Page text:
Important:

This article is for information purposes only.

Please remember that financial investments may rise or fall and past performance does not guarantee future performance in respect of income or capital growth; you may not get back the amount you invested.

There is no obligation to purchase anything but, if you decide to do so, you are strongly advised to consult a professional adviser before making any investment decisions.

Property sector welcomes extension of CGT deadline

CGT

The Chancellor extended the deadline from 30 days to 60 days from midnight last night

Chancellor Rishi Sunak’s decision to extend the deadline for capital gains tax (CGT) to be paid on UK residential property has been welcomed by accountants and property professionals.

Revealed in the small print of the Budget yesterday, the Chancellor extended the deadline from 30 days to 60 days from midnight last night.

The 30-day window for payment was introduced in April 2020. Before that, sellers could report their gains in a self-assessment tax return in the year that followed the property sale.

The Treasury’s decision follows advice given in the Office of Tax Simplification’s May 2021 report that suggested there should be an increase in the 30-day deadline.

It described the deadline as “challenging” even for sellers who were aware that the short payment window existed. The extended deadline applies to gains made by UK and non-UK residents.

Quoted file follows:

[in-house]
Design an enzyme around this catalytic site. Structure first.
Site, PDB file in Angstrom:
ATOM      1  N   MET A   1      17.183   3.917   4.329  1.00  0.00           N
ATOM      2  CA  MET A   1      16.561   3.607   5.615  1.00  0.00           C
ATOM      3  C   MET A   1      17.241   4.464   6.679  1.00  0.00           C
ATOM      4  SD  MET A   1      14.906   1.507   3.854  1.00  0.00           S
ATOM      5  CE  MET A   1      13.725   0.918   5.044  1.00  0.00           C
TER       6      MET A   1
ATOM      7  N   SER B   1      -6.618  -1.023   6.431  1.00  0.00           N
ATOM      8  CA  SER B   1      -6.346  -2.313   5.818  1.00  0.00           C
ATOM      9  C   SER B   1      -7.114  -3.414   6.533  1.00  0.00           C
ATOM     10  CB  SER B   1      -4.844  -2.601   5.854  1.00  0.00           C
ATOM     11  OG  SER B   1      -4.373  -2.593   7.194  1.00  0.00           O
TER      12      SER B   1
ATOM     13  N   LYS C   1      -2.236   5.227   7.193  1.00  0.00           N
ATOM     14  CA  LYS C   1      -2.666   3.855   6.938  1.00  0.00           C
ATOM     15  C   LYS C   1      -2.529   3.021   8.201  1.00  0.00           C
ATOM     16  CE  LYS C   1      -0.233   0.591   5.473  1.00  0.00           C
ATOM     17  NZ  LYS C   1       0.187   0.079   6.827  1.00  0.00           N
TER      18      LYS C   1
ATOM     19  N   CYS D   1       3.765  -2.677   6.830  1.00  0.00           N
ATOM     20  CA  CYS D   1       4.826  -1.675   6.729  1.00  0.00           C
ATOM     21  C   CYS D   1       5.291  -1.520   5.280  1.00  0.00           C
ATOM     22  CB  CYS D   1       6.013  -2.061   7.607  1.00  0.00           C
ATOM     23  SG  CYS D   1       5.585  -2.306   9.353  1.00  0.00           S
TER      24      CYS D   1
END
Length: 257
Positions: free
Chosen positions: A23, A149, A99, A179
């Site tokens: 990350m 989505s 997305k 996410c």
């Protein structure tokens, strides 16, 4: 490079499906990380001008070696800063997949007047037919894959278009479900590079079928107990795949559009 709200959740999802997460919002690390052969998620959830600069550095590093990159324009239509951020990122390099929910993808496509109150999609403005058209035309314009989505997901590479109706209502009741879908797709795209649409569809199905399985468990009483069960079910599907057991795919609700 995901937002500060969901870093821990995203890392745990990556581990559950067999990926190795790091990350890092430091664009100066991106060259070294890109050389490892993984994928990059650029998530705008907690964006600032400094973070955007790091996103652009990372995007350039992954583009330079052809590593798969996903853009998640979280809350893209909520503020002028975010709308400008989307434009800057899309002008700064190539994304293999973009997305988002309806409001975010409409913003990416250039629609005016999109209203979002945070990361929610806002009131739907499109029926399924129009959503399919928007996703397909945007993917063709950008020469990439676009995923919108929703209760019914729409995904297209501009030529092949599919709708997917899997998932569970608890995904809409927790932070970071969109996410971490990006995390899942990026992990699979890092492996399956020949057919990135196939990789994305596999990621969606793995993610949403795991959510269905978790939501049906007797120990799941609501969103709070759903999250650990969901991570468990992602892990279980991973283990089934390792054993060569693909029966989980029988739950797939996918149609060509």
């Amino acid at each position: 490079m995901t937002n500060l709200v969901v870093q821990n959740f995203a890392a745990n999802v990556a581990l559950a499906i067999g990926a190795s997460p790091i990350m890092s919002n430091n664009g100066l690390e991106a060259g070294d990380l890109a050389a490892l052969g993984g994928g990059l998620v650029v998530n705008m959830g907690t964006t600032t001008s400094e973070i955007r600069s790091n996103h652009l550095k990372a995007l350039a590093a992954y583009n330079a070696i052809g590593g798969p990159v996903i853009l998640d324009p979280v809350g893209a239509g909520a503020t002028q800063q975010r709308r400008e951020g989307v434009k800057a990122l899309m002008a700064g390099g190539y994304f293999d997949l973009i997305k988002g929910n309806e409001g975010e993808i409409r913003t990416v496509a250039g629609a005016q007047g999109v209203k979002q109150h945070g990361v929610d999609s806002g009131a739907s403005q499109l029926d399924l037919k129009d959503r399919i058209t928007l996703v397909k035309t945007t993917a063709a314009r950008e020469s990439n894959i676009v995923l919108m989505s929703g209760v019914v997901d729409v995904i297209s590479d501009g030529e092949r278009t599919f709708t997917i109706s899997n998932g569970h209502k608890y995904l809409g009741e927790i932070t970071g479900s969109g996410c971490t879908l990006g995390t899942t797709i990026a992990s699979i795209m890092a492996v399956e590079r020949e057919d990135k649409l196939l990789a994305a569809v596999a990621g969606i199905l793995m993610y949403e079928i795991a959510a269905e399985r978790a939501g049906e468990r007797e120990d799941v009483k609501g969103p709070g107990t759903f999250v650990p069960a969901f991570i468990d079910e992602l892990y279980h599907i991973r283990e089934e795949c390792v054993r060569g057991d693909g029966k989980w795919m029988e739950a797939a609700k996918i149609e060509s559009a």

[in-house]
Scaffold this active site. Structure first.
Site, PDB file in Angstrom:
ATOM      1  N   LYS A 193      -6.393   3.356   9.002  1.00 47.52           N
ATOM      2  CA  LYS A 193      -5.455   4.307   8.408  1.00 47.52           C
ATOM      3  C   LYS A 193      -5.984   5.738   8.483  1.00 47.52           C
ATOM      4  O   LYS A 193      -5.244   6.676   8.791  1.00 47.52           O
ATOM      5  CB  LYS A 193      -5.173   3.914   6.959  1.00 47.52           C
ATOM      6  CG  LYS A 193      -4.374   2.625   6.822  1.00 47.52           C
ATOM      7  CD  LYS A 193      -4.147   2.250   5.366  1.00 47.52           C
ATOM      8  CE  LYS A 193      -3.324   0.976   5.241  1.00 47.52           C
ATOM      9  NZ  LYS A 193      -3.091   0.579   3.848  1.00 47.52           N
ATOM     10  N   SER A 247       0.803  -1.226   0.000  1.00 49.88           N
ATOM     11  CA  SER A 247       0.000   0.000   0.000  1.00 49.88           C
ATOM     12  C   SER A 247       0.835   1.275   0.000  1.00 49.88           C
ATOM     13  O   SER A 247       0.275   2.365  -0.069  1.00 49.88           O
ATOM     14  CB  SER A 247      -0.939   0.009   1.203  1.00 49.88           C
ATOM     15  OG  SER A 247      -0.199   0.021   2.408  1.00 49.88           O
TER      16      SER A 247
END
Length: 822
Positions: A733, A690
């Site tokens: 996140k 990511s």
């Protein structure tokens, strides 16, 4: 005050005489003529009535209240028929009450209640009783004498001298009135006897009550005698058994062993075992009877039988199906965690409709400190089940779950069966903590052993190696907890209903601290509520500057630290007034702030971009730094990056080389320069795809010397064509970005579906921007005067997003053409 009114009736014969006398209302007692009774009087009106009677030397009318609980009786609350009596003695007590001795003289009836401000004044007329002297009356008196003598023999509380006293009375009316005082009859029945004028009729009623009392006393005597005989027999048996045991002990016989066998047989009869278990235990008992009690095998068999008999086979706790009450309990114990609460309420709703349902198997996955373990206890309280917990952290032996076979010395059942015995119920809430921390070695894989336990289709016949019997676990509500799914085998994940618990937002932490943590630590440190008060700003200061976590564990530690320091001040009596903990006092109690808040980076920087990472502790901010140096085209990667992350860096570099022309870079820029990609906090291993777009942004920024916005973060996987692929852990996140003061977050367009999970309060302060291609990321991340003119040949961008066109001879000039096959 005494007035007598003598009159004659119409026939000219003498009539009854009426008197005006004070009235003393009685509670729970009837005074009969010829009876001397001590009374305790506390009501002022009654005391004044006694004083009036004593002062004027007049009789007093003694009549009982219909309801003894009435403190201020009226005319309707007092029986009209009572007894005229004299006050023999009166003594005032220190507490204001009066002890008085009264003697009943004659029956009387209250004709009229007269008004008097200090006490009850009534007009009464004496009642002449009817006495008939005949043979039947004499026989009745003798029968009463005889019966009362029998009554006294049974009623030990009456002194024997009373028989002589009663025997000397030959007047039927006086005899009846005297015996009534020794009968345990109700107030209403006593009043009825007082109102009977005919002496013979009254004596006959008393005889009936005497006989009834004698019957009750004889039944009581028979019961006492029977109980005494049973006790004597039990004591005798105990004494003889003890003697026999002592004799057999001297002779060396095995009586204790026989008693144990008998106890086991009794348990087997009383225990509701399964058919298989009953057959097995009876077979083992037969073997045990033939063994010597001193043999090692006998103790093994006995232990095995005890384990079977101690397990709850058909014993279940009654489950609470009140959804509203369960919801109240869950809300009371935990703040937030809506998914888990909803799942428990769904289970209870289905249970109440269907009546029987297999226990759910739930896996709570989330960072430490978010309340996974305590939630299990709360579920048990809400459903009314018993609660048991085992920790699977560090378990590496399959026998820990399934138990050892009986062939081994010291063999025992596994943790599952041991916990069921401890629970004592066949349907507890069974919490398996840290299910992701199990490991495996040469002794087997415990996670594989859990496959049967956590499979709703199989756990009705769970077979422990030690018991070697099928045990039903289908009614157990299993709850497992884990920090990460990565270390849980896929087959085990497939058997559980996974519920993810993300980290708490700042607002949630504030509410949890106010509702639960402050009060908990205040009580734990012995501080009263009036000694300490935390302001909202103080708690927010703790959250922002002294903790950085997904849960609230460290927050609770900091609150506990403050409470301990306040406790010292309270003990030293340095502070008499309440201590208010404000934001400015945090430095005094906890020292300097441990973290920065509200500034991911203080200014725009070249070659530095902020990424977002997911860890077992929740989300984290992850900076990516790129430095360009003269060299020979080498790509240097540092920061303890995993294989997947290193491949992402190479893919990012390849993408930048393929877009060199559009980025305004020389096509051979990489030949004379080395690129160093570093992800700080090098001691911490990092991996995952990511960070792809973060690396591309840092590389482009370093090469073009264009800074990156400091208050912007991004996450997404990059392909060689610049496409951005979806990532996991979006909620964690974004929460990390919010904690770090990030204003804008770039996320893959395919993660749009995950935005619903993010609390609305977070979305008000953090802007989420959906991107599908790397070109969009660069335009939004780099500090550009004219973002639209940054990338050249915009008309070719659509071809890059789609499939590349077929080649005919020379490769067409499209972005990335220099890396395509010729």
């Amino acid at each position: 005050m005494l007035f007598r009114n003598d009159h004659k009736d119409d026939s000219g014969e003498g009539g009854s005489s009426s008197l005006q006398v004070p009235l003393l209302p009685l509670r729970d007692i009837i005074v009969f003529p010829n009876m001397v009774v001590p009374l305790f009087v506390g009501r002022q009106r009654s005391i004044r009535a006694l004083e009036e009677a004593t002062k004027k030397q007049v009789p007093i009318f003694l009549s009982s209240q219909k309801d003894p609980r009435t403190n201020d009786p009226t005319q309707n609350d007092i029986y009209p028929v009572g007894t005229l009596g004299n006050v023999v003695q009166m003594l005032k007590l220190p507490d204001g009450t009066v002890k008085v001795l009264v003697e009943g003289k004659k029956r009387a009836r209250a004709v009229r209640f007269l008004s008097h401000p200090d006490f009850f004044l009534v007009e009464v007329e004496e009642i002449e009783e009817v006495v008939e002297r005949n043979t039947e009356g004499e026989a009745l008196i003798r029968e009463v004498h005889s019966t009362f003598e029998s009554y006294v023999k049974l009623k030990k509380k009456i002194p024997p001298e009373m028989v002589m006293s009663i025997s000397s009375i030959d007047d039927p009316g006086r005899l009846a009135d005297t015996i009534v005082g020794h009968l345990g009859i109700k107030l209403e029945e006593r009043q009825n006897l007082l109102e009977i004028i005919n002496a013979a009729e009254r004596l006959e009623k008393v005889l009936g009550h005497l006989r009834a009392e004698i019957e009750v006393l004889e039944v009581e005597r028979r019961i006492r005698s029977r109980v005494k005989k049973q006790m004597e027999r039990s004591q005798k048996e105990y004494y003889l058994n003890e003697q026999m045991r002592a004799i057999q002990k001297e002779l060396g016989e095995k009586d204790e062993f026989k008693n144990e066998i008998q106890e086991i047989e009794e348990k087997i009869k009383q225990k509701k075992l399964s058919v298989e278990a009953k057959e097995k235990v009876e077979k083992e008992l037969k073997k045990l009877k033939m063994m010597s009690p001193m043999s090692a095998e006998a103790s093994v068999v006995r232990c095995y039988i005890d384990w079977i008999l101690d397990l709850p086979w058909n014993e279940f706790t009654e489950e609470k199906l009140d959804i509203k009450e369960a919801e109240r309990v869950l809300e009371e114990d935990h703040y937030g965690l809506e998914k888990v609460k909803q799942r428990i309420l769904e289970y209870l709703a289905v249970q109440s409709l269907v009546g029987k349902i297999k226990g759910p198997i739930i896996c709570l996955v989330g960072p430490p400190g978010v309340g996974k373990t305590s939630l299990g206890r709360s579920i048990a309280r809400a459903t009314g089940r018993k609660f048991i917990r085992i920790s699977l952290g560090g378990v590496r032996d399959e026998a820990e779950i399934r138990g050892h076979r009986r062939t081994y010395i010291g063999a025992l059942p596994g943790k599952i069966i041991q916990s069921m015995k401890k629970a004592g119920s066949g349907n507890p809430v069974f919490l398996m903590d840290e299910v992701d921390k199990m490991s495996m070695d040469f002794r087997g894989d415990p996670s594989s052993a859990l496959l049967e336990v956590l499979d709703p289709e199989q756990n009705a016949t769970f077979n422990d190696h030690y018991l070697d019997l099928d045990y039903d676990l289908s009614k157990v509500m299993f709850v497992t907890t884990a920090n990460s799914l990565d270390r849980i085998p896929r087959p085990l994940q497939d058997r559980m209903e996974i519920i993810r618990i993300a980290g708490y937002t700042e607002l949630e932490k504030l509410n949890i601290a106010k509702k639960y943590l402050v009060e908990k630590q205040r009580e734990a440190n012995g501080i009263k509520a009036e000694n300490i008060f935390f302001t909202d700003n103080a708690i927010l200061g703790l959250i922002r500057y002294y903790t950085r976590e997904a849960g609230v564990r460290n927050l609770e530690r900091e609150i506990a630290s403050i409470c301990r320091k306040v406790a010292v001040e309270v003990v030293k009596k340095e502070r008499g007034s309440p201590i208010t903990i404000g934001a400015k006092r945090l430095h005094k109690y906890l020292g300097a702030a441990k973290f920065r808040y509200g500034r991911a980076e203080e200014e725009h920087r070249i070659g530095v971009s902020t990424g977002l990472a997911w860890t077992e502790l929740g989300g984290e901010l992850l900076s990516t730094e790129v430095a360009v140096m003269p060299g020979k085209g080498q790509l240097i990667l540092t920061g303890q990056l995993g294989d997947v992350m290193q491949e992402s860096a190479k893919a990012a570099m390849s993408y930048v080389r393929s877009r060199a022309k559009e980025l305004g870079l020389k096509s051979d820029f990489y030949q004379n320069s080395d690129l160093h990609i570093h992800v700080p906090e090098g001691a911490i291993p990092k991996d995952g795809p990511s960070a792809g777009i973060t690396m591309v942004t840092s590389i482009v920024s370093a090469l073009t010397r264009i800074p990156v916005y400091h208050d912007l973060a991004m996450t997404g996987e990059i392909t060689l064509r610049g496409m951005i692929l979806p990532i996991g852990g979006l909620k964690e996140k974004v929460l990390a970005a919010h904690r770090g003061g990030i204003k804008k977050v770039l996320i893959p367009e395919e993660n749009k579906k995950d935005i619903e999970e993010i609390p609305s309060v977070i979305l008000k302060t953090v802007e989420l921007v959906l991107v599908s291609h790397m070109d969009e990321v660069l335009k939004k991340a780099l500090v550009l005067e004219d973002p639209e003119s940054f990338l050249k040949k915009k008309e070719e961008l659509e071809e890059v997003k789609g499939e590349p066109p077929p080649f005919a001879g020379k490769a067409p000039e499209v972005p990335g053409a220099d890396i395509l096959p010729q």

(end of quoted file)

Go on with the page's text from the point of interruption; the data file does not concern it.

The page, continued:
Tim Walford-Fitzgerald, private client partner at accountancy firm HW Fisher, said: This is welcome news and it is positive to see that the Chancellor has recognised the reality of these transactions. To anyone selling a property and up against tight deadlines to receive registrations you can breathe easy.

The National Residential Landlords Association (NRLA) also welcomed the change.

Firms connected to the private rental sector breathed a sigh of relief that the Chancellor decided not to increase the rate of CGT.

Richard Davies, head of lettings at Chestertons, said: The tax rise could have presented the final tipping point for landlords to sell their portfolio. The avalanche effect of this would have meant a subsequent decrease in rental properties during a time when UK tenants are already facing a shortage of suitable homes within their budget.

Important:

This article is for information purposes only.

Please remember that financial investments may rise or fall and past performance does not guarantee future performance in respect of income or capital growth; you may not get back the amount you invested.

There is no obligation to purchase anything but, if you decide to do so, you are strongly advised to consult a professional adviser before making any investment decisions.